Icons of Korean Buddhism │ Beompae: Solemn Buddhist Ritual Chants __ Han Chang-ho

Beompae:
Solemn Buddhist Ritual Chants

Beompae are Korean chants and songs inspired by Buddha’s sacred words. Performed in Buddhist temples during special ceremonies, they inspire practitioners to live in harmony with Buddha’s teachings in every thought, word and deed.

There are several theories about beompae’s historical origin. Indian legend claims that it is derived from the offerings of music by bodhisattvas at the Assembly on Vulture Peak, where Sakyamuni Buddha preached the Lotus Sutra more than 2,400 years ago. Over in East Asia, it has also been claimed as the creation of Cao Zhi(192-232) at the end of China’s Han Dynasty, who is said to have been inspired by the supernatural sound he heard while at Yu-shan (Fish Mountain).

There were some in particular who passed on these Buddhist chants and songs to later generations. In China’s Wu dynasty, Zhiqian composed a beompae piece. Kang Seng-hui also wrote Buddhist chants and songs that became popular in Southern China. Later these pieces were brought to Korea and adapted to its own musical sensibilities by Seon master Jin-gam, a monk of the Silla Kingdom. After his return to Silla from studying in Tang China, Jin-gam taught his adapted compositions in Mt. Jirisan’s Ssanggyesa Temple, where they were received with enthusiasm by the monks who filled the lecture hall to capacity. To this day he is honored as the father of Korean beompae, and his biography and achievements are recorded on a stone stele carved by the famous scholar Choe Chi-won.

Performance of the cymbals dance

Beompae can be categorized into three main styles: anchaebi (sutra style chants), bakkatchaebi (divided into hotsori [short style chants] and jitsori [long style chants]) and hwacheong (secular Buddhist ritual chants).

Anchaebi is the simplest ritual music, consisting of yuchi-seong (a hymn chanted prior to the earnest request for the respectable teacher’s appearance); chageo-seong (a hymn chanted to describe Buddha’s words and his behavior); pyeon-ge-seong (a hymn chanted in praise of the virtue and doctrine of the Buddha) and getak-seong (a hymn chanted and accompanied by a wooden gong). Anchaebi lyrics are mainly written in Chinese. In contrast to bakkatchaebi, they form a compact series of short sounds with four or six syllables per line. Usually the master monk of a ceremony or the head monk plays them during worship services.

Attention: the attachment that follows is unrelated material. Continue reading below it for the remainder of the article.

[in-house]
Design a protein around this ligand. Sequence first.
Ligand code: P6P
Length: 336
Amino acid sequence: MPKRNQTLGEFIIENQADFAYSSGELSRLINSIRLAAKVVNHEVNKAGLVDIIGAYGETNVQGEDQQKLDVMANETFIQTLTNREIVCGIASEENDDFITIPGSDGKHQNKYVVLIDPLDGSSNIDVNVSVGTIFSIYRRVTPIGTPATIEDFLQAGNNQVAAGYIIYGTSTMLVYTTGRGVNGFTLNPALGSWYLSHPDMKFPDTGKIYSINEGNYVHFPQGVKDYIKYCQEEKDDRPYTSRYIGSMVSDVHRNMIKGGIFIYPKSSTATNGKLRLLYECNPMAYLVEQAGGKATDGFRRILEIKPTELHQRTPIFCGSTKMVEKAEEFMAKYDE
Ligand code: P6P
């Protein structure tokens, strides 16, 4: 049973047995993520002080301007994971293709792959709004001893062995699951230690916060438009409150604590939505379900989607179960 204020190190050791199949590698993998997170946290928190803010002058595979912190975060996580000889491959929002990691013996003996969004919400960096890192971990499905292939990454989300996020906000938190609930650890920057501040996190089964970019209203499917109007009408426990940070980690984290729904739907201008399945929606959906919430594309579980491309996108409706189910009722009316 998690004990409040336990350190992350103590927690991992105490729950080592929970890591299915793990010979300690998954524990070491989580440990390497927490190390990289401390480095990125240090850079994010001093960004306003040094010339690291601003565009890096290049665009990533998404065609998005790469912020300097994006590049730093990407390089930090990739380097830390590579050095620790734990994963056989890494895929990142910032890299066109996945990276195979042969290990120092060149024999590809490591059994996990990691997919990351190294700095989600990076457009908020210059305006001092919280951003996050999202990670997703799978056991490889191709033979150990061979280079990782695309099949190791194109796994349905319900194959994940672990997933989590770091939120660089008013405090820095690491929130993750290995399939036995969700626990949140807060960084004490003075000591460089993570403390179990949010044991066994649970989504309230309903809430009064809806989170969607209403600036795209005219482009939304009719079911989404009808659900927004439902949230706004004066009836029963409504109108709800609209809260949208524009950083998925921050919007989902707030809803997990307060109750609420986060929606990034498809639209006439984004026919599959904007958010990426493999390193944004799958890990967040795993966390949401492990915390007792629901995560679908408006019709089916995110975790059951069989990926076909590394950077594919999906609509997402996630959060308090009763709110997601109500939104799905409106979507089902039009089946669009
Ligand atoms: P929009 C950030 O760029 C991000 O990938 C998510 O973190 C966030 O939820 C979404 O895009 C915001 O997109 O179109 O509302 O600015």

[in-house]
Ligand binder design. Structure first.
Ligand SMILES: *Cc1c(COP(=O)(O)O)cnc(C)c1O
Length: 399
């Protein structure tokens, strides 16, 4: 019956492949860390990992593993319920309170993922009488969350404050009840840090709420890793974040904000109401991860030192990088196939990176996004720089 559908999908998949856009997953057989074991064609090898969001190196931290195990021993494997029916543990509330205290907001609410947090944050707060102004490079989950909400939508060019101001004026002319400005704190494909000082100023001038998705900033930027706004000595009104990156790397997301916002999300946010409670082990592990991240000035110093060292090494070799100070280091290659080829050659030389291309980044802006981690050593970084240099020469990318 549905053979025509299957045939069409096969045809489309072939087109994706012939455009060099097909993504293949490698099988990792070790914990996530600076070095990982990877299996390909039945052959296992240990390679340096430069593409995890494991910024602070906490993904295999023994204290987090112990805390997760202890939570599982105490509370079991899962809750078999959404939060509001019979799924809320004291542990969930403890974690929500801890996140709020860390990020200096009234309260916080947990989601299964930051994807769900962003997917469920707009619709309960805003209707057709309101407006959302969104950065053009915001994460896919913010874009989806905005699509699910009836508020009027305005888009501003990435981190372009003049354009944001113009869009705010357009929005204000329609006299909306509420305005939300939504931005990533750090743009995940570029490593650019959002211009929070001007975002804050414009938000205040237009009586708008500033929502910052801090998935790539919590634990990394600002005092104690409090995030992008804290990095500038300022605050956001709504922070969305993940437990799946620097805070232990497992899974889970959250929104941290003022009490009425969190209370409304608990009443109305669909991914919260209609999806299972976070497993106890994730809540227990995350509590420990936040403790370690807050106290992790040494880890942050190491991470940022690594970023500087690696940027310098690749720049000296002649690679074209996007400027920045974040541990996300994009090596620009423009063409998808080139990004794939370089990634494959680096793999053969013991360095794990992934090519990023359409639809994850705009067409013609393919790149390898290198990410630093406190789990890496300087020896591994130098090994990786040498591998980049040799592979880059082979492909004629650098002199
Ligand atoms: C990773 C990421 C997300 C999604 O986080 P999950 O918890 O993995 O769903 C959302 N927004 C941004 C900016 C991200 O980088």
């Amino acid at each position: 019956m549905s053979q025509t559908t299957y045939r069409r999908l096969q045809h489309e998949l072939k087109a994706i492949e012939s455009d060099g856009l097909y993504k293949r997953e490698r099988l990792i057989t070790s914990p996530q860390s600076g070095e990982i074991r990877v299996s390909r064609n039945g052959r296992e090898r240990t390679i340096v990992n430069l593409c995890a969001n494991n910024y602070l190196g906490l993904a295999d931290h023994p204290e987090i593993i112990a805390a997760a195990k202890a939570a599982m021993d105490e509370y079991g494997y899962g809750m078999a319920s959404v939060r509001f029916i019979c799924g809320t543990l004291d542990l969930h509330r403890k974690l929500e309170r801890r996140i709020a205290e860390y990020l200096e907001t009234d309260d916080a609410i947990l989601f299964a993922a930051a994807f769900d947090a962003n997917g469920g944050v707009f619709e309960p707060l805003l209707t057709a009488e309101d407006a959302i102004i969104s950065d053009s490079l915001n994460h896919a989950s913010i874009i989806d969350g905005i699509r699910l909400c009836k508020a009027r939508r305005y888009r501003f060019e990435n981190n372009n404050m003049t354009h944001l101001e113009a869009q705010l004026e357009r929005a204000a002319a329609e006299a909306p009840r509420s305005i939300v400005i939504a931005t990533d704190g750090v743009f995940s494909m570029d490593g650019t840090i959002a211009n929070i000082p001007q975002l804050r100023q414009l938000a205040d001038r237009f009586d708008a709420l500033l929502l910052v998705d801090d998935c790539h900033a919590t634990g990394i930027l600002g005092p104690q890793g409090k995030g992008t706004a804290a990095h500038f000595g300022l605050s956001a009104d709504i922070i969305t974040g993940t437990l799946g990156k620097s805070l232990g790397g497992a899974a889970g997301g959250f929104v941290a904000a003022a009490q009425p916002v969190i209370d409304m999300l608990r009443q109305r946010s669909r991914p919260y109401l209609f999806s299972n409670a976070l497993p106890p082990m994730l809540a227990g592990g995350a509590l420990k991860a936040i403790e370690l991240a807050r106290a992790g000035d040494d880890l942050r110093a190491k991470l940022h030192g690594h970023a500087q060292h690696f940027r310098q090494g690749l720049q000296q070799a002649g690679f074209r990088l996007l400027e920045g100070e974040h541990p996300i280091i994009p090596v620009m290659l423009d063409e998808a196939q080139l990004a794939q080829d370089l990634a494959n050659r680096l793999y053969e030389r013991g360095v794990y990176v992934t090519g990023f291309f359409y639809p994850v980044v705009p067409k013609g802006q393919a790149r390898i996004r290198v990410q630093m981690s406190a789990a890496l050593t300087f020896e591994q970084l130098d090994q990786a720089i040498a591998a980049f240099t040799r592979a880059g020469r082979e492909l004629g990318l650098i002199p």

Bakkatchaebi is a recitation of a Chinese poem composed of quatrains, while anchaebi is the reading aloud of a prayer written in prose. Bakkatchaebi is recited as either a preparatory stage for anchaebi or as a summary of the ceremony after its performance. It is generally this bakkatchaebi sound that is referred to as beompae. The style features a winding high pitch so that it can attract public attention in the course of the ceremony.

The atmosphere of this ceremony rises to a climax when in harmony with the performance of Buddhist dances such as Nabimu (butterfly dance), Baramu (cymbals dance), or Beopgomu (drum dance).

Lastly, a hwacheong’s melody is easy for the general public to follow, and its text is based on vernacular Korean, and consequently, its meaning may be easily understood by the laity. For example, hoesimgok (a song advising a kind-hearted life) has two parts; one the life story and the other the after-death story. It is sung in Korean by each beompae monk in a unique voice. The style of a hwacheong performance is closely related to folksongs in terms of its singing technique, poetic form, vocal projection and rhythmic structure.

In beompae, music mixes with song and chanting, and solo voices interchange with the chorus. Long ago, there were many pieces, but these days there are only a few authentic ones left. Contemporary versions are shorter than the lengthy chants of old, and fewer monks take the time to learn this ancient art. Nevertheless, they have been more frequently performed on stage recently. The recitative texts were originally brought to Korea written in Chinese or Sanskrit, but some portions are now read and recited in Korean. This music, performed simultaneously with samul percussion, glorifies Buddhist ceremonies with acoustic and visual effects. The songs are beautiful and inspire faith in the Buddhist community.

Han Chang-ho | Researcher at KIBET

Leave a Reply

Your email address will not be published. Required fields are marked *

three × three =